It’s been years, decades maybe – since I’ve painted a self portrait. I recall completing one in college somewhere around my second year while taking a drawing class. It was a non-expressive version of me staring at a goldfish bowl.
I don’t remember exactly what was happening in my life while drawing this image of myself but it’s likely a psych major would have eagerly volunteered to write a paper on it. In fact, nearly every attempt to do a self portrait has produced an expression of, at the very least – a sense of awkwardness. The unveiling of a self portrait in high school prompted my art teacher to suggest that I perhaps needed to ‘seek a bit of psychotherapy.’ I’ve always chuckled at that statement. The art student is called out because she has bravely bared her soul for all to see when, if forced, wouldn’t nearly every other 17 year old high school student produce a familiar representation of his or herself? I mean, what teenager doesn’t feel uncomfortable in their own skin?
I didn’t give any thought to what would transpire; I just worked; and worked, and worked. In fact I was so transfixed, I couldn’t take myself away from it. I have never enjoyed the process of a painting as much as I did this.
When I was younger I looked into continuing my education by becoming an art therapist. Part of me wishes that I’d taken that route; such insight can be gathered by looking at a painting, like stealing a glimpse into the pages of someone’s diary.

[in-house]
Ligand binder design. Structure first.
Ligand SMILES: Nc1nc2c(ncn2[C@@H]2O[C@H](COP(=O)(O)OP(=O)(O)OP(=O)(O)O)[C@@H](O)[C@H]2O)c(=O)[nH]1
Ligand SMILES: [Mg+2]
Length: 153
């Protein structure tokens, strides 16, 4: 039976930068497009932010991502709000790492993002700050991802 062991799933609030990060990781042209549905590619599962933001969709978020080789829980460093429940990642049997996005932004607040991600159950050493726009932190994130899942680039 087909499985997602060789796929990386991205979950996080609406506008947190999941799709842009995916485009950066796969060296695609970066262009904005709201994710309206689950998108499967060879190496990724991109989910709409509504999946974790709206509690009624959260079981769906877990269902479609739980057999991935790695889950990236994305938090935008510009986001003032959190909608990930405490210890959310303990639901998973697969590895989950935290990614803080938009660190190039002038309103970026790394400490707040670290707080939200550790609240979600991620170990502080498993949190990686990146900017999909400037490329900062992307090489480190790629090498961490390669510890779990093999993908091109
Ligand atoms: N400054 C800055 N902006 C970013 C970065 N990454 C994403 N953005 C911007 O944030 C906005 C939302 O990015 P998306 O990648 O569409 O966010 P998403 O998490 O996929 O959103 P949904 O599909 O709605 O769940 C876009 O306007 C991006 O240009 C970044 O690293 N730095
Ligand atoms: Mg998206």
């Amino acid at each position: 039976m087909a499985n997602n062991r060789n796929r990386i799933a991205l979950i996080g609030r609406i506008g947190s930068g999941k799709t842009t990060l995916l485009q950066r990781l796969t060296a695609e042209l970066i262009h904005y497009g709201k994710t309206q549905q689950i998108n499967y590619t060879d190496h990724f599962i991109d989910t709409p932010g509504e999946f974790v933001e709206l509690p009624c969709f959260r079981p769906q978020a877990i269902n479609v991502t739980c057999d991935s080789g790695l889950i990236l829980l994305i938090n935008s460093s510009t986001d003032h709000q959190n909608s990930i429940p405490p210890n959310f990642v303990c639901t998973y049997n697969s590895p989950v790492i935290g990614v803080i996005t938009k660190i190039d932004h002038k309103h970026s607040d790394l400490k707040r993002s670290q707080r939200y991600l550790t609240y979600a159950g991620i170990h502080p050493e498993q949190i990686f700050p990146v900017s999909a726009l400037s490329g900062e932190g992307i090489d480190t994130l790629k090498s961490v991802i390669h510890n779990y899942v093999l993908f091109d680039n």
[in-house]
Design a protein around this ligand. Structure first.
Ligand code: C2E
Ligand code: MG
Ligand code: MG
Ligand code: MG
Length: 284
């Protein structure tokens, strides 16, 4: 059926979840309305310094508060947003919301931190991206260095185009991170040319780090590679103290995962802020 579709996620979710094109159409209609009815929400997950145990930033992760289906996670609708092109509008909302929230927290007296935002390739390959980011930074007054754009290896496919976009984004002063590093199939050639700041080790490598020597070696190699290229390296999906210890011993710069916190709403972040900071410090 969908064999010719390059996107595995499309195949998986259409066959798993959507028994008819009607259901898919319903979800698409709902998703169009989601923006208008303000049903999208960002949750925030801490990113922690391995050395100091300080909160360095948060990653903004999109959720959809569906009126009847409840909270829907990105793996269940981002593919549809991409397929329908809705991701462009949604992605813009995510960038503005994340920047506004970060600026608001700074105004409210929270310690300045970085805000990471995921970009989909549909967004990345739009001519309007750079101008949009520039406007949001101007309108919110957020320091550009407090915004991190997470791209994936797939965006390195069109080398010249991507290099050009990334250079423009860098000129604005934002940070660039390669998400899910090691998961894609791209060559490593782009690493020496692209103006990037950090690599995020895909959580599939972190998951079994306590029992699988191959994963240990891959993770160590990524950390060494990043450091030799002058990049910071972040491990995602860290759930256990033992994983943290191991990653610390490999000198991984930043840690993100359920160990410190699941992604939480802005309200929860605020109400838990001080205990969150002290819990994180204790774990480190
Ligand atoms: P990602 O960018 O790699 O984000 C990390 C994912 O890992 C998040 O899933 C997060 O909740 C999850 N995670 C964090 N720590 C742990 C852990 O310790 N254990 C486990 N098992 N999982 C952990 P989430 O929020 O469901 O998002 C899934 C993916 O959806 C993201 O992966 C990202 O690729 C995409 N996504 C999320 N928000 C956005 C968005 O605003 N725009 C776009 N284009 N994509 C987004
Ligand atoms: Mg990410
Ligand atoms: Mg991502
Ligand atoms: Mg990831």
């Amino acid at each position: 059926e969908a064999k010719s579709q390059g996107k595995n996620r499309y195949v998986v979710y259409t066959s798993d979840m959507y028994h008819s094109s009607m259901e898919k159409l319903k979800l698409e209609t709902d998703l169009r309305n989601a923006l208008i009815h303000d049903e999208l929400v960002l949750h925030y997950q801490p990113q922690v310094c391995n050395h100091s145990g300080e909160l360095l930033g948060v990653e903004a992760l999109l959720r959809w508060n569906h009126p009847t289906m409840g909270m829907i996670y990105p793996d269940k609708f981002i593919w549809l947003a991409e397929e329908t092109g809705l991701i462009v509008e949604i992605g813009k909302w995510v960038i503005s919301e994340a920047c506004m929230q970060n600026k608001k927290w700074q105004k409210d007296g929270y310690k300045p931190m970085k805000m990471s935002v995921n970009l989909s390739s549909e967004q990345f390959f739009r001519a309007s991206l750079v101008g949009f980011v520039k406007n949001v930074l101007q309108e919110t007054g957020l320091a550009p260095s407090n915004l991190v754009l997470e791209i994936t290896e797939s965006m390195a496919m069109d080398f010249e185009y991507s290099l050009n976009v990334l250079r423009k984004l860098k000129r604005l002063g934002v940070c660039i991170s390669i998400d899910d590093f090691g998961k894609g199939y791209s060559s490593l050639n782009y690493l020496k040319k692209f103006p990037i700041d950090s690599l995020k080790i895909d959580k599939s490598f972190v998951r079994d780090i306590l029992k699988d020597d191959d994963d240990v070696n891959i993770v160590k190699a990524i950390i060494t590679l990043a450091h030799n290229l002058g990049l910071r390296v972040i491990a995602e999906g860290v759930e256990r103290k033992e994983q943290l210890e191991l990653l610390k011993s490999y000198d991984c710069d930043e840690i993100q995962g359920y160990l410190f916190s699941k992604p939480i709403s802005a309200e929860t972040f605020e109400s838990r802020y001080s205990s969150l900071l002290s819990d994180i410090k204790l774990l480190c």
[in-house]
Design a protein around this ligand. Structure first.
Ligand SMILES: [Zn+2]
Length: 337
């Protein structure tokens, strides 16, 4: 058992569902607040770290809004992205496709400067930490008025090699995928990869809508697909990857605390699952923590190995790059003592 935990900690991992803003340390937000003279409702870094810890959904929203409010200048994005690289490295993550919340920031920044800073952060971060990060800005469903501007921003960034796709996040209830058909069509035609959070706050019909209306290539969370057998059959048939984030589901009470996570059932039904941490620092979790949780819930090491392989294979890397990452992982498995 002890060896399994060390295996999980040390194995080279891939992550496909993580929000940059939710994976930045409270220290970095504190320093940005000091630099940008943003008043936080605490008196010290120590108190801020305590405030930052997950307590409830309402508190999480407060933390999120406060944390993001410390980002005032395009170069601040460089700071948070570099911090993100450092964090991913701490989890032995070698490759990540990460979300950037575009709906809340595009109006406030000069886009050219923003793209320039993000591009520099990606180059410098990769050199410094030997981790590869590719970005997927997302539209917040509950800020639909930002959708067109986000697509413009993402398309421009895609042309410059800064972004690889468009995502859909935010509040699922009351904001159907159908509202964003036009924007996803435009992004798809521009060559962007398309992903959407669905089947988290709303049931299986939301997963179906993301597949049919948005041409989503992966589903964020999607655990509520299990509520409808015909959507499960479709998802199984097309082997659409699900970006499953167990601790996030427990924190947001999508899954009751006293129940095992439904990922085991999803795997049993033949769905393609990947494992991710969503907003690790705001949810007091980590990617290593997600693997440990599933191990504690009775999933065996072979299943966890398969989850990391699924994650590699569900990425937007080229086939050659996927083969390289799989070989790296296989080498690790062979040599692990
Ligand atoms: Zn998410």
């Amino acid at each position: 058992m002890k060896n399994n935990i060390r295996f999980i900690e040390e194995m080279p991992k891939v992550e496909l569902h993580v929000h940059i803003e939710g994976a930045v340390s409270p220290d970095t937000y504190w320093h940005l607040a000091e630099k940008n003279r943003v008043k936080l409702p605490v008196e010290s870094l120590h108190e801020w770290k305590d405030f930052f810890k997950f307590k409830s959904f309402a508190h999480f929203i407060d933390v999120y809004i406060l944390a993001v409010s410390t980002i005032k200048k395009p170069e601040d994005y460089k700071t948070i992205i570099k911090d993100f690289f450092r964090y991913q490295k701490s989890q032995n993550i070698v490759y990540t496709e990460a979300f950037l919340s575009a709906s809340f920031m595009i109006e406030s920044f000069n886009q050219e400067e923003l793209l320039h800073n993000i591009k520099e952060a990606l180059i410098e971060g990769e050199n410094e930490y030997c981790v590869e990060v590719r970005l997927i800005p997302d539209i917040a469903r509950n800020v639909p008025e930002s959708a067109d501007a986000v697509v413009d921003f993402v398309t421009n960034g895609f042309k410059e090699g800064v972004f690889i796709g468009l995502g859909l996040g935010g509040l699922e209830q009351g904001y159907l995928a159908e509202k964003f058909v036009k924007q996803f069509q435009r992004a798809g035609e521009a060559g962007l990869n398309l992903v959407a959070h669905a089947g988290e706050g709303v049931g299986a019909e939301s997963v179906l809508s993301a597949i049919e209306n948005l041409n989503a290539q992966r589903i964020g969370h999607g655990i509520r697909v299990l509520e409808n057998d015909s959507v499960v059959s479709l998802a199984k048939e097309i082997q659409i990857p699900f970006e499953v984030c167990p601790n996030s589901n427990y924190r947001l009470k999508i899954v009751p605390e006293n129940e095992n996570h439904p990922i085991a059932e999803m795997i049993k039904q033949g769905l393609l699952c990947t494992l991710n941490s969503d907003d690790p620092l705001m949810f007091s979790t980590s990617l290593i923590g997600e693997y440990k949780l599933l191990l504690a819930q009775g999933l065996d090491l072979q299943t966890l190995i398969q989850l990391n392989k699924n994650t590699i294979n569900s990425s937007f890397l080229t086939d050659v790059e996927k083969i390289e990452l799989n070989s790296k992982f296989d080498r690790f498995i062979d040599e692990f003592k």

The long, flowing hair – certainly not my hair at the present moment. But does the hair really represent a secret desire for corkscrew curls? Or, is it that the hair represents a feeling of Growth in the artist’s life, and the beauty of what’s to come?
The eyelashes might not initially cause one to take pause until further study reveals that they were not painted on but carefully cut from paper and detailed with dozens of fuchsia beads. Added so they’re noticed, hoping not to be forgotten – not unlike me when I force myself to wear bright red lipstick, challenging the inner wallflower to use color to peel herself away from the background and into sight.
The most obvious difference in this portrait is of course, the facial expression. She is smiling perhaps because she is surrounded by vibrant and thrilling color, symbolizing life and all it has to offer. Or because the little things in life are what makes her happiest: butterflies, hummingbirds, chickadees.
…maybe other things, too.
A quote will accompany this piece, something written to complete the visual representation of this painting:
“To be yourself in a world that is constantly trying to make you something else is the greatest accomplishment.”